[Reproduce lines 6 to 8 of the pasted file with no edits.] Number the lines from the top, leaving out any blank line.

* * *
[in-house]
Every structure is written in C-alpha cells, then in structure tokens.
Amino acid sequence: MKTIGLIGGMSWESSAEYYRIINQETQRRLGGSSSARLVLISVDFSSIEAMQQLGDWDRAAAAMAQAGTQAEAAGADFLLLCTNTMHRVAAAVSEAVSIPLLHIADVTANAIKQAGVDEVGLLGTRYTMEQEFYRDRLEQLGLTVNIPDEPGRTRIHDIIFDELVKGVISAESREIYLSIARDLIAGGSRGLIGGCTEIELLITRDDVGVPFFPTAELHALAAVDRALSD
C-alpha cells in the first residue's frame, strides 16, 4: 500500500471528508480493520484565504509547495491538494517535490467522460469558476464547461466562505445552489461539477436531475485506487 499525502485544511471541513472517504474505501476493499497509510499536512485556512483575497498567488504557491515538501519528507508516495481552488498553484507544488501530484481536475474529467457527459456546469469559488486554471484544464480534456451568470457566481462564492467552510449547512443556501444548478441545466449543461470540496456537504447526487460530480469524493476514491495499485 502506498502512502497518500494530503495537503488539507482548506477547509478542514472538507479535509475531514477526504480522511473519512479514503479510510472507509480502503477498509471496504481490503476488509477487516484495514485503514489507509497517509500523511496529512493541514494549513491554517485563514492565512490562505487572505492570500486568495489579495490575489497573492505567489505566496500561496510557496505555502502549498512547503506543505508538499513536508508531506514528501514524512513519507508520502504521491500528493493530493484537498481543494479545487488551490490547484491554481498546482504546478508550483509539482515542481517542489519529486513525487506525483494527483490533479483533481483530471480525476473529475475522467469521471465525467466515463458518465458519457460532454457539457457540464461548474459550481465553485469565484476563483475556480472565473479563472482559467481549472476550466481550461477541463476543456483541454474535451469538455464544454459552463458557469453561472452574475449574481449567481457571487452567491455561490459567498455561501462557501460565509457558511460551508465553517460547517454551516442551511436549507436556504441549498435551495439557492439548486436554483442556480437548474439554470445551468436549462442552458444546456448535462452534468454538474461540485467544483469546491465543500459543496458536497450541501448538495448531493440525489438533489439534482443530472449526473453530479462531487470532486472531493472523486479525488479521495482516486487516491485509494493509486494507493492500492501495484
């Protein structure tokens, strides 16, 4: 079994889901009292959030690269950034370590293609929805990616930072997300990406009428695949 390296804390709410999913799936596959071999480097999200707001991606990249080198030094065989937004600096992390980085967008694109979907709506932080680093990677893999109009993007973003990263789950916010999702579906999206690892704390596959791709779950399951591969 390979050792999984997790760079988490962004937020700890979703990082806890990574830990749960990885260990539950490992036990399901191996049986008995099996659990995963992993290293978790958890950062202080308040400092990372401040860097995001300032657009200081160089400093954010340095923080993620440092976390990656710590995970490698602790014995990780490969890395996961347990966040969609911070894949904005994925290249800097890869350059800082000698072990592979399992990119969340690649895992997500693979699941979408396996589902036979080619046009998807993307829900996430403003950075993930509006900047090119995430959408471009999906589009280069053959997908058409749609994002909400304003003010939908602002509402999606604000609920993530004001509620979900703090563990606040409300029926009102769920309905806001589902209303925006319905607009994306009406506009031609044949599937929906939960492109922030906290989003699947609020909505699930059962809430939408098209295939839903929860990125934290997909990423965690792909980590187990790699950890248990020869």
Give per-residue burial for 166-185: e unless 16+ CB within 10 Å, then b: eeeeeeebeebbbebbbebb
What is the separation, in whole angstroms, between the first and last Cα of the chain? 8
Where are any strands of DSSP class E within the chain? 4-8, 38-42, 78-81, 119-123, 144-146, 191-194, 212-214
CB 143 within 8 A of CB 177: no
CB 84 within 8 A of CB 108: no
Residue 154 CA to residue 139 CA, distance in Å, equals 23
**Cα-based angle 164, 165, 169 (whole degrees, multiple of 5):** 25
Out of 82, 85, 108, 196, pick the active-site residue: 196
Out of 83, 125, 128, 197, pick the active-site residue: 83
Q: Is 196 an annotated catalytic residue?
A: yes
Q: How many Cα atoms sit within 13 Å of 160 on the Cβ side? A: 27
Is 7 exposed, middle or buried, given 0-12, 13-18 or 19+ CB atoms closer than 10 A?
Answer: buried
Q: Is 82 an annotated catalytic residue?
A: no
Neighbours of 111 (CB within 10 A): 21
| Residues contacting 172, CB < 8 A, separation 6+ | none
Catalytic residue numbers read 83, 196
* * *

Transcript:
Give per-residue burial for 166-185: e unless 16+ CB within 10 Å, then b: eeeeeeebeebbbebbbebb
What is the separation, in whole angstroms, between the first and last Cα of the chain? 8
Where are any strands of DSSP class E within the chain? 4-8, 38-42, 78-81, 119-123, 144-146, 191-194, 212-214